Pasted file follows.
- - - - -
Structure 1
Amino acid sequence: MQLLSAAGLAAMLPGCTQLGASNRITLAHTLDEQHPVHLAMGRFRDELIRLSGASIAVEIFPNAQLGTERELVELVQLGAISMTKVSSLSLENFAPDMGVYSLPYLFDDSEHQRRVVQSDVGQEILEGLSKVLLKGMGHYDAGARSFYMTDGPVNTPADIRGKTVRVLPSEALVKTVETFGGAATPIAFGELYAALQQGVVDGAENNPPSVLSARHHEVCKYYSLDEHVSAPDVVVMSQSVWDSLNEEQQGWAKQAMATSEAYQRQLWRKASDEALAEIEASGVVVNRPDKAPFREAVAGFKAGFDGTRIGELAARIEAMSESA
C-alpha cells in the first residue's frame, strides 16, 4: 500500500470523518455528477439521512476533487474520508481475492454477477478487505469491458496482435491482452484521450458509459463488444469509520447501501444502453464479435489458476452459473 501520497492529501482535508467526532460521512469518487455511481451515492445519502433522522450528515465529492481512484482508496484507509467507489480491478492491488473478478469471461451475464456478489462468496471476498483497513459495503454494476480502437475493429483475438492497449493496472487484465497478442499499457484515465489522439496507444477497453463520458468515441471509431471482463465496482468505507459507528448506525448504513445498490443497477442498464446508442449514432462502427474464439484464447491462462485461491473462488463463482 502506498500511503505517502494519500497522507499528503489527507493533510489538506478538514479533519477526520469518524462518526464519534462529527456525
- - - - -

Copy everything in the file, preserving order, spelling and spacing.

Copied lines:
Structure 1
Amino acid sequence: MQLLSAAGLAAMLPGCTQLGASNRITLAHTLDEQHPVHLAMGRFRDELIRLSGASIAVEIFPNAQLGTERELVELVQLGAISMTKVSSLSLENFAPDMGVYSLPYLFDDSEHQRRVVQSDVGQEILEGLSKVLLKGMGHYDAGARSFYMTDGPVNTPADIRGKTVRVLPSEALVKTVETFGGAATPIAFGELYAALQQGVVDGAENNPPSVLSARHHEVCKYYSLDEHVSAPDVVVMSQSVWDSLNEEQQGWAKQAMATSEAYQRQLWRKASDEALAEIEASGVVVNRPDKAPFREAVAGFKAGFDGTRIGELAARIEAMSESA
C-alpha cells in the first residue's frame, strides 16, 4: 500500500470523518455528477439521512476533487474520508481475492454477477478487505469491458496482435491482452484521450458509459463488444469509520447501501444502453464479435489458476452459473 501520497492529501482535508467526532460521512469518487455511481451515492445519502433522522450528515465529492481512484482508496484507509467507489480491478492491488473478478469471461451475464456478489462468496471476498483497513459495503454494476480502437475493429483475438492497449493496472487484465497478442499499457484515465489522439496507444477497453463520458468515441471509431471482463465496482468505507459507528448506525448504513445498490443497477442498464446508442449514432462502427474464439484464447491462462485461491473462488463463482 502506498500511503505517502494519500497522507499528503489527507493533510489538506478538514479533519477526520469518524462518526464519534462529527456525